Has the time not arrived for the ratepayers generally to be up and doing and, by a general outcry, condemn the action of vindictiveness and incapacity which is so deplorably prominent. I do not suggest a remedy but, in the interests of justice, fair play and honor, call upon some more able writer than myself to suggest such. I guarantee that there is not a ratepayer in the district but will bless his effort and hail with unbounded satisfaction the successful terminator of his effort and afford our fine district the same chance as others of attaining the eminence it is entitled to but which, owing to crotchety and vindictive actions has, up to the present, been denied.

Yours respectfully, YALLOCK".

The Council meeting on 1 September 1877 agreed to a proposal from the Post Office and Telegraph Department stating that, as the ground around the Shire Hall was unfenced, it would be desirable to have it enclosed and if the Council contributed half the costs, the Department would contribute the other half.

Cranbourne Post & Telegraph Office in 1917.
See sign along right side.

The Office was issued with a TELEGRAPH date stamp
(RO2 - T) used in the 1980s.

Size: 33.5 × 53 mm (e = 0.77).

Used: 21 September 1988.
Only recorded date so probably last day of service.

Rated RRR.

Number in the Census: 8+.

21 September 1988.


The Telegraph Office opened during the first three months of 1885.
The Post Office had opened on 1 July 1875.


Lang Lang.

The Telegraph Office opened at Lang Lang, near Poowong, South Gippsland on 12 July 1888. The Post Office had been opened in May 1878.

A "huge fire (in January 1926) waged along the railway between Nyora and Lang Lang, the telegraph poles and lines being down".


Milndale is about 10 km north west of Wonthaggi and just past Dalyston.

It opened as Milne's Receiving Office on 15 November 1910 and changed name to Milndale on 25 May 1912. That office was upgraded to a Post Office on 1 July 1927 and - maybe from its opening - had telegraph duties also.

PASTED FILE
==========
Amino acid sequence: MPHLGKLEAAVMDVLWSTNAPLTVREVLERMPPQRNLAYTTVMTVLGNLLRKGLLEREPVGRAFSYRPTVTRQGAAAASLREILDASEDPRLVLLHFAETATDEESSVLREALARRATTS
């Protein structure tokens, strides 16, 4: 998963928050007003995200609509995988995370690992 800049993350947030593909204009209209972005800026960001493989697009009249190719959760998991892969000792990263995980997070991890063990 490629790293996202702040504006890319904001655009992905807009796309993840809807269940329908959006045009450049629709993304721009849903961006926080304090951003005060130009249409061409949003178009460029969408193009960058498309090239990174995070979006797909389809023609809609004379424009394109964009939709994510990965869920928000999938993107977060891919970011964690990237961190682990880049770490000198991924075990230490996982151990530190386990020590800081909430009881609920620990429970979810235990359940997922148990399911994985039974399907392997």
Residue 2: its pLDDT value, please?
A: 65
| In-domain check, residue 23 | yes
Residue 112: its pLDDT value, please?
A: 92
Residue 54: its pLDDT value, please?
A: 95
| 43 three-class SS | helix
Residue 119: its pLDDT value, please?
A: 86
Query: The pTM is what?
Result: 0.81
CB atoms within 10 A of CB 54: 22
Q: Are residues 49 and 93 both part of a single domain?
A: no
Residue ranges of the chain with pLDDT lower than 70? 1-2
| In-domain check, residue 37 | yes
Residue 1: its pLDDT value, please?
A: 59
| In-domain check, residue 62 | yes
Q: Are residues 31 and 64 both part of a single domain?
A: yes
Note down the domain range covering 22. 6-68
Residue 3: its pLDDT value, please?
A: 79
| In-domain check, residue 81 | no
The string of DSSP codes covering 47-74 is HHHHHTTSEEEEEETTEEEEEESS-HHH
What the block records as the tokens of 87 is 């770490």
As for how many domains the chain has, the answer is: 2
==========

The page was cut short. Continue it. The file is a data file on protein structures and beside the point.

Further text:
On 1 August 1947, the Post Office was reclassified to a Telegraph Office until it was closed on 31 May 1951.

The Office was issued with a T. O. date stamp:

Used: 27 December 1929 to 14 October 1937.

Diameter: 29 mm.

Rated: RRRR.

Number in the Census: 3.

Milndale 1929
27 December 1929 (ERD).

Prestige Philately August 2005 Lot 502.

20 April 1933.

14 October 1937.


A Post Office had opened on 19 October 1874 but it closed on 26 June 1903. It opened again as a Receiving Office in 1926 and was upgraded to a Post Office on 1 July 1927. The Office closed on 30 April 1934. The Telegraph Office operated in association with the Post Office.

In a totally non-telegraphic announcement - but a great one - the Weekly Times of 8 December 1888 recorded that "a woman named Rebecca Sibbald has just attained 101 years. The parish register shows she was born in 1788, and she enjoys the full use of her faculties". Not sure about the 1% error there!!

A description in the The San Remo Times and Phillip Island and Bass Valley Advertiser of 24 June 1898 described Queensferry as "A pretty little township about two miles from Grantville with jetty, store, post and telegraph office. State School and Athenaeum. Rail to Lang Lang, thence by a coach daily 14 miles. It is the headquarters of the Glen Alvie coal mining company, and the terminus of the Great Victoria coal company's coal tramway survey, the construction of which has already been sanctioned by the shareholders and will shortly be the means of starting the shipment of coal from that Company's mines".

San Remo.

Originally known as Griffith Point. It was renamed by the Council as San Remo in 1888.